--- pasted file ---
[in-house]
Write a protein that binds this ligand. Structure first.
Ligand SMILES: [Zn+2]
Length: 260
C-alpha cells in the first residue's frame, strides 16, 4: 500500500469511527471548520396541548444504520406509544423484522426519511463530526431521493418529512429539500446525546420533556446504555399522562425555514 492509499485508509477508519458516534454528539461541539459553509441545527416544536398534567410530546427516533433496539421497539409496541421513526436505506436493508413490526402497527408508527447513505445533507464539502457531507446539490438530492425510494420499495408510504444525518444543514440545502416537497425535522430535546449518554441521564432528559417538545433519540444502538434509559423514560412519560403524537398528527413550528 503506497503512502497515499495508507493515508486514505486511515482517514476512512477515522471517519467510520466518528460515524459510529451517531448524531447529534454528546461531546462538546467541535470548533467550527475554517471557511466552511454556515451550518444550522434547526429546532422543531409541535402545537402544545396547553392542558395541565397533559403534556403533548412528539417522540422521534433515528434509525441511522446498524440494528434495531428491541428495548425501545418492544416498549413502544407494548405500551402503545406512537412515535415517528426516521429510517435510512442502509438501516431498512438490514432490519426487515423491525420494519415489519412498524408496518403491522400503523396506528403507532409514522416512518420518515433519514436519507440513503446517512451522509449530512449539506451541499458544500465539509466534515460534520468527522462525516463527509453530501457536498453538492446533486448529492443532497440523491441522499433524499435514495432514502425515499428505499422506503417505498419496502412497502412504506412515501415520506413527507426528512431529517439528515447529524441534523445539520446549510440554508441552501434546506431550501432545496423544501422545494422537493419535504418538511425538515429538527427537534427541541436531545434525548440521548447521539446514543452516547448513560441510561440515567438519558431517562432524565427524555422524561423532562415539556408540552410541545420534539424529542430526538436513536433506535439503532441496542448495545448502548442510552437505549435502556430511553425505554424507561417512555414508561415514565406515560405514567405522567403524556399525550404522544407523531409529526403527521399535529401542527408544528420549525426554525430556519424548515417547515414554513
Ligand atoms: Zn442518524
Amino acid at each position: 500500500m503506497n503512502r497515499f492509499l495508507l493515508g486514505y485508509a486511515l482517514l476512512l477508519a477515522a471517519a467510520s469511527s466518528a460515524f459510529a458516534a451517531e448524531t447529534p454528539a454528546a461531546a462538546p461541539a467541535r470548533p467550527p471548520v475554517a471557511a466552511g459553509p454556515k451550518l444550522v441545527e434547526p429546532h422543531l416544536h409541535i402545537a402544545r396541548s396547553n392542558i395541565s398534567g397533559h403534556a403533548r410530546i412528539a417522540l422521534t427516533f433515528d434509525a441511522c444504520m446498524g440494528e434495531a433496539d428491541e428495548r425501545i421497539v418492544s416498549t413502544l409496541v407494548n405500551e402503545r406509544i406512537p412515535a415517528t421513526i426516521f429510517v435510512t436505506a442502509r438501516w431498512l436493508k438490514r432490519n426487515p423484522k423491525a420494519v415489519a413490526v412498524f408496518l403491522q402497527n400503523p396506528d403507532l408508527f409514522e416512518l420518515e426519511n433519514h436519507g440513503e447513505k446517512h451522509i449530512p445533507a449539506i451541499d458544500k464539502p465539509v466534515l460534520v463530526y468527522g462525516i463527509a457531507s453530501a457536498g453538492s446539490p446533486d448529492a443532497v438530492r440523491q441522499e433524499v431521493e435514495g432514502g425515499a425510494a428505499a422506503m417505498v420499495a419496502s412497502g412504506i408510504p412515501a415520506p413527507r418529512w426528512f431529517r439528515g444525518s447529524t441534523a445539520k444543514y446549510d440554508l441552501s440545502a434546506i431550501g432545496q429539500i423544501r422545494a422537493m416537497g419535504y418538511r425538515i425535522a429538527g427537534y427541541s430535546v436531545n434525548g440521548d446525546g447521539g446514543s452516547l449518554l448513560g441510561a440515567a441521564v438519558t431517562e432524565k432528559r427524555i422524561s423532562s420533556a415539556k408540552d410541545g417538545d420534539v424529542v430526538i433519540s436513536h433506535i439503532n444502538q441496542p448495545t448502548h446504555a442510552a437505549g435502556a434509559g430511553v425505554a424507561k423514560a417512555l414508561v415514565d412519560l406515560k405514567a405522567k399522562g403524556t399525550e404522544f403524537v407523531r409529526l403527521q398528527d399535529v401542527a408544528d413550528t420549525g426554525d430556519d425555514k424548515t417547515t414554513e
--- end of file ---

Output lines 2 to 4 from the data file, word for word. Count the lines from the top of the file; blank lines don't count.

Write a protein that binds this ligand. Structure first.
Ligand SMILES: [Zn+2]
Length: 260